Committee maintains restrictions
The Student-Athlete Advisory Committee has been approved by student senate officials to become an official Pitt-Johnstown school club.
The committee may now receive student activity funds; an unprecedented opportunity committee members have longed for.
However, the club restricts its members to student athletes, leaving at least one student to question whether this may be blocking others who may seek to help with the committee’s community service efforts.
“I agree and disagree (with committee’s exclusivity),” said volleyball player Kelsey Kohler. “It would be great to allow other students…like sororities and fraternities, to help with these community service projects and be involved in the athletics as well.
“We would be able to have more people to help with the community service events. Although, we do discuss NCAA rules often, which I feel other students may not be able to relate to.”
Two-year committee member Kayla Petrilla agrees with the exclusivity, as the group also votes on NCAA regulations.
“I believe athletes know best what makes sense (in sports regulation). Students would not know how these new laws would affect us as student athletes.”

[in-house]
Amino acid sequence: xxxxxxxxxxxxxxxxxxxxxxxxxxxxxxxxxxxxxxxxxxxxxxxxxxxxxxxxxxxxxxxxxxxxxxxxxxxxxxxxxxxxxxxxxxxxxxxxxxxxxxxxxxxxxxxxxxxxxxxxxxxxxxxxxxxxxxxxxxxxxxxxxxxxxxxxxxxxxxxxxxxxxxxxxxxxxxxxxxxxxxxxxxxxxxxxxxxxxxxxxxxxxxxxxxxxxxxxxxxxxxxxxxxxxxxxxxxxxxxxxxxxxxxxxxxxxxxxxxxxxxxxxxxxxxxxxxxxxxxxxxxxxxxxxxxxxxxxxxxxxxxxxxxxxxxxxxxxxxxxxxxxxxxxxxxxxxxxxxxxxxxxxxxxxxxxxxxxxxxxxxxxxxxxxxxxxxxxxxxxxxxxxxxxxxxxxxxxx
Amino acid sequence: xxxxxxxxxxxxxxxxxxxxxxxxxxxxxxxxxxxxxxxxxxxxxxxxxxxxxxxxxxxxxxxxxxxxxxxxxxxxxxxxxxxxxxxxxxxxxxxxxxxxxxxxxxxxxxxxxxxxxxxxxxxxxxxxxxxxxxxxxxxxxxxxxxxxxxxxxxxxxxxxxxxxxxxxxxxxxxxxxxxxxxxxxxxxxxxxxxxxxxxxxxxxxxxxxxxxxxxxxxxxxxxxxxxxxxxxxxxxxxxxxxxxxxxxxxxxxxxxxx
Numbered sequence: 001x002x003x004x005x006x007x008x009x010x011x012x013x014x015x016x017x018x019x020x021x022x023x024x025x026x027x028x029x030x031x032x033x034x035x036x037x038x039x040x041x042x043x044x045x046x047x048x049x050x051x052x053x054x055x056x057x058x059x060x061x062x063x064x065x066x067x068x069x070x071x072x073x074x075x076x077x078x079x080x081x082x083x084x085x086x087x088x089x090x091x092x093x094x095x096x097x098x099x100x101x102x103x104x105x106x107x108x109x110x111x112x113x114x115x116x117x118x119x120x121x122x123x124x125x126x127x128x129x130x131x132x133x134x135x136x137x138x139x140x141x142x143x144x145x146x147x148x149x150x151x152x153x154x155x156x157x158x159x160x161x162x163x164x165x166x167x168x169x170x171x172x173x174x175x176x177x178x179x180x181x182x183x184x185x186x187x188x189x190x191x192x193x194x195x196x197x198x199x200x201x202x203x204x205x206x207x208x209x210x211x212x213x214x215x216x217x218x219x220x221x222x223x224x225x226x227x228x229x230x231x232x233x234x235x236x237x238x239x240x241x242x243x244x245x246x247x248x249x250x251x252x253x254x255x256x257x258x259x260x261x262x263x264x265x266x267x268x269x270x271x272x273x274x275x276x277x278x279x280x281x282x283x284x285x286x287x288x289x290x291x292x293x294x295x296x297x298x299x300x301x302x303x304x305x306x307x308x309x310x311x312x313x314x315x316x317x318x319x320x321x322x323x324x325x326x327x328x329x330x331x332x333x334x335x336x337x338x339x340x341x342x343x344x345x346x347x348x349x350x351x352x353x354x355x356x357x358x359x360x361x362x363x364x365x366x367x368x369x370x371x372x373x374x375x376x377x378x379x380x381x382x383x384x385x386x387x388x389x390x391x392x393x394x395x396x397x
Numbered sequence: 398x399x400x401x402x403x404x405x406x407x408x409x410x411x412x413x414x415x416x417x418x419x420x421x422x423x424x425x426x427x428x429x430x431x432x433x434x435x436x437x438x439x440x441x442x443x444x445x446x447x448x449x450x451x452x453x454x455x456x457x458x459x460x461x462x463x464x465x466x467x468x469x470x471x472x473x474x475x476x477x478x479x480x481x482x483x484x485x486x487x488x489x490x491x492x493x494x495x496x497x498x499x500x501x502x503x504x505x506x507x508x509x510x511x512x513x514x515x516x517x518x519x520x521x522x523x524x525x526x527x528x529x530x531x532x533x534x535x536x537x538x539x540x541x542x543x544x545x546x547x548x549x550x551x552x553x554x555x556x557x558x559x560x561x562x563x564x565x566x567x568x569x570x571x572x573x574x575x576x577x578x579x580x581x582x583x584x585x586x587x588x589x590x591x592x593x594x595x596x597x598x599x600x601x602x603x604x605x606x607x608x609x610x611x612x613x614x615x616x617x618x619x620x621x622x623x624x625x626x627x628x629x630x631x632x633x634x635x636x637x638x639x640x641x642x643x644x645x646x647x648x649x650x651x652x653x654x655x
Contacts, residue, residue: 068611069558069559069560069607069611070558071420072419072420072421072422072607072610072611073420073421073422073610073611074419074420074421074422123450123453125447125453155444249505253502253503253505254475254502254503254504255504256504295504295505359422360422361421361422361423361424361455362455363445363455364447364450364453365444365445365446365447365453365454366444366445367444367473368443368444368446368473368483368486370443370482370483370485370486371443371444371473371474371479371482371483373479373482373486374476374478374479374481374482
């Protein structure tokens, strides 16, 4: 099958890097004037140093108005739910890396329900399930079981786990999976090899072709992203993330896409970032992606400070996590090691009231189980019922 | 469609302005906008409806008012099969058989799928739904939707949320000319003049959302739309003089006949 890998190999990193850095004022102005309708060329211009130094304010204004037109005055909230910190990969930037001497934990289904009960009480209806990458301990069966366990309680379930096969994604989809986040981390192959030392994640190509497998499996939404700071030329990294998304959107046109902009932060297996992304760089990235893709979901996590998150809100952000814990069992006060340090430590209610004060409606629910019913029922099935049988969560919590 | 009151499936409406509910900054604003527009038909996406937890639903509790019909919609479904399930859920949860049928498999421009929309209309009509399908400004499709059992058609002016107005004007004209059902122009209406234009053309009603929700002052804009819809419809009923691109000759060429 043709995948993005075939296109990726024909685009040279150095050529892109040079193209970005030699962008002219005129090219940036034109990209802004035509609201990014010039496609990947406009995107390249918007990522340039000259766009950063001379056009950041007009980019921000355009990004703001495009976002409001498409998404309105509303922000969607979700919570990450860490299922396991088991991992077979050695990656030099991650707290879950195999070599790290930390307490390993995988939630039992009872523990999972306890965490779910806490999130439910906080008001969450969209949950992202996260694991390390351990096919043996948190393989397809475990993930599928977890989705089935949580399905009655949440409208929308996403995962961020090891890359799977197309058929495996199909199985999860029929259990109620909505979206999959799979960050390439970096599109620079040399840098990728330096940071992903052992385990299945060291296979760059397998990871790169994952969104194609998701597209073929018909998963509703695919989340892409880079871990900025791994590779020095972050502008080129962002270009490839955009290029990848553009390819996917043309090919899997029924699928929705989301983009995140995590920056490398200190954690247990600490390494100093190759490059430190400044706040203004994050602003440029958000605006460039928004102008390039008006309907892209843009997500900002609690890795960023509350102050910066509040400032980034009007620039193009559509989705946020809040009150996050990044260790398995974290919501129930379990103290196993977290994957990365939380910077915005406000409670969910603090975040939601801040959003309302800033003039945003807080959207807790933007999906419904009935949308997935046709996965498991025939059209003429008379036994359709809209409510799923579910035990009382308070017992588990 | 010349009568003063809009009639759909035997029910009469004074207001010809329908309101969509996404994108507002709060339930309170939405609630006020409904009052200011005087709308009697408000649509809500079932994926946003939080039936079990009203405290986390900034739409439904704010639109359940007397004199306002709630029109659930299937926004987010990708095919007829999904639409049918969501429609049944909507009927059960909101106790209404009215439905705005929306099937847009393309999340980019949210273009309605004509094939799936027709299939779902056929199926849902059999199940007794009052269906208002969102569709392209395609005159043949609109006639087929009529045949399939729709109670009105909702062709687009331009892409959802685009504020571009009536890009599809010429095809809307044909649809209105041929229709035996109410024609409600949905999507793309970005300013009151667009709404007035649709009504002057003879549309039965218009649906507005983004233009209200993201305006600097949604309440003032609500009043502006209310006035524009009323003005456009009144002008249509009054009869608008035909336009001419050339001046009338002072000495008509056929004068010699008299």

Furthermore, Petrilla concurs that community service is important, as she also has been associated with several provisions.
Having to work with the Alternate Community Resource Program and Make-A-Wish Foundation, she said the club is to try and get students involved in sporting events.
“We are trying to bring back the Mountain Cat Maniacs and make sporting events more enjoyable for students,” said Petrilla.
Students who are looking to contribute and take part of committee events are welcomed, even though they may not become a member, said committee Chairman Kevin McDonald.
McDonald also said the club’s exclusivity is required by the NCAA, intended for athletes to work as a team.
“(Nonathletes) can attend and help us out… no doubt, we will never say, ‘no’ to these various events.”
McDonald said committee members had done several services with the Alternate Community Resource Program for many years, including cleaning up a baseball field.
Other tasks include mowing grass and installing smoke detectors in community homes.